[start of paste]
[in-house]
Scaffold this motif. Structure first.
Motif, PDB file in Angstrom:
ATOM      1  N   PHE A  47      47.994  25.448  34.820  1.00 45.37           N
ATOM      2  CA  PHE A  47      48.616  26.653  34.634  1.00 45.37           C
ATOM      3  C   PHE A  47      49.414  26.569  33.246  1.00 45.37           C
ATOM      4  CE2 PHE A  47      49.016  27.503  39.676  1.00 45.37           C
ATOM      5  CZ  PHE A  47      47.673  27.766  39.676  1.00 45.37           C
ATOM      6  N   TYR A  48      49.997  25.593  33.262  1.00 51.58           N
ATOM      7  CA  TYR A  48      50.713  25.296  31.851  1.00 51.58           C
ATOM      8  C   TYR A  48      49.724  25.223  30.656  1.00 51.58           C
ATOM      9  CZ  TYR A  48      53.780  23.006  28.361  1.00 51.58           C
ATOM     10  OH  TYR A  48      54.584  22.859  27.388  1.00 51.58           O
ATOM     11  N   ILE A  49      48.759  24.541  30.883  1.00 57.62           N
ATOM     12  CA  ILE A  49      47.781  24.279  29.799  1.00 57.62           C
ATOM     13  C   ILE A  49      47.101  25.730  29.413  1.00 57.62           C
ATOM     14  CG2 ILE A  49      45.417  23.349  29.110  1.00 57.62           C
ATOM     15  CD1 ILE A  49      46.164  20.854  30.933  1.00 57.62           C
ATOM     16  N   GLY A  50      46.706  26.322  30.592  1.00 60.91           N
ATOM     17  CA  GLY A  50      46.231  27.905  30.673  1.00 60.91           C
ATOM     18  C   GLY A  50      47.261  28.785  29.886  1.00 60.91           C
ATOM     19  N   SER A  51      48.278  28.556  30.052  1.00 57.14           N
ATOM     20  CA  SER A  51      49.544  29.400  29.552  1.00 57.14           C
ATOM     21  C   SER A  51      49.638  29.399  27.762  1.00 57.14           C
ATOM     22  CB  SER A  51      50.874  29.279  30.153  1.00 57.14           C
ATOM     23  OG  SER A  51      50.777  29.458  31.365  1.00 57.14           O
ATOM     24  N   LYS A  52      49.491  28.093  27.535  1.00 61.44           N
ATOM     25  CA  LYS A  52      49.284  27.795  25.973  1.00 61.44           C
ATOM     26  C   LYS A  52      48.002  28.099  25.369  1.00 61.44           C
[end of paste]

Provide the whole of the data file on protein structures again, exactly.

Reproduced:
[in-house]
Scaffold this motif. Structure first.
Motif, PDB file in Angstrom:
ATOM      1  N   PHE A  47      47.994  25.448  34.820  1.00 45.37           N
ATOM      2  CA  PHE A  47      48.616  26.653  34.634  1.00 45.37           C
ATOM      3  C   PHE A  47      49.414  26.569  33.246  1.00 45.37           C
ATOM      4  CE2 PHE A  47      49.016  27.503  39.676  1.00 45.37           C
ATOM      5  CZ  PHE A  47      47.673  27.766  39.676  1.00 45.37           C
ATOM      6  N   TYR A  48      49.997  25.593  33.262  1.00 51.58           N
ATOM      7  CA  TYR A  48      50.713  25.296  31.851  1.00 51.58           C
ATOM      8  C   TYR A  48      49.724  25.223  30.656  1.00 51.58           C
ATOM      9  CZ  TYR A  48      53.780  23.006  28.361  1.00 51.58           C
ATOM     10  OH  TYR A  48      54.584  22.859  27.388  1.00 51.58           O
ATOM     11  N   ILE A  49      48.759  24.541  30.883  1.00 57.62           N
ATOM     12  CA  ILE A  49      47.781  24.279  29.799  1.00 57.62           C
ATOM     13  C   ILE A  49      47.101  25.730  29.413  1.00 57.62           C
ATOM     14  CG2 ILE A  49      45.417  23.349  29.110  1.00 57.62           C
ATOM     15  CD1 ILE A  49      46.164  20.854  30.933  1.00 57.62           C
ATOM     16  N   GLY A  50      46.706  26.322  30.592  1.00 60.91           N
ATOM     17  CA  GLY A  50      46.231  27.905  30.673  1.00 60.91           C
ATOM     18  C   GLY A  50      47.261  28.785  29.886  1.00 60.91           C
ATOM     19  N   SER A  51      48.278  28.556  30.052  1.00 57.14           N
ATOM     20  CA  SER A  51      49.544  29.400  29.552  1.00 57.14           C
ATOM     21  C   SER A  51      49.638  29.399  27.762  1.00 57.14           C
ATOM     22  CB  SER A  51      50.874  29.279  30.153  1.00 57.14           C
ATOM     23  OG  SER A  51      50.777  29.458  31.365  1.00 57.14           O
ATOM     24  N   LYS A  52      49.491  28.093  27.535  1.00 61.44           N
ATOM     25  CA  LYS A  52      49.284  27.795  25.973  1.00 61.44           C
ATOM     26  C   LYS A  52      48.002  28.099  25.369  1.00 61.44           C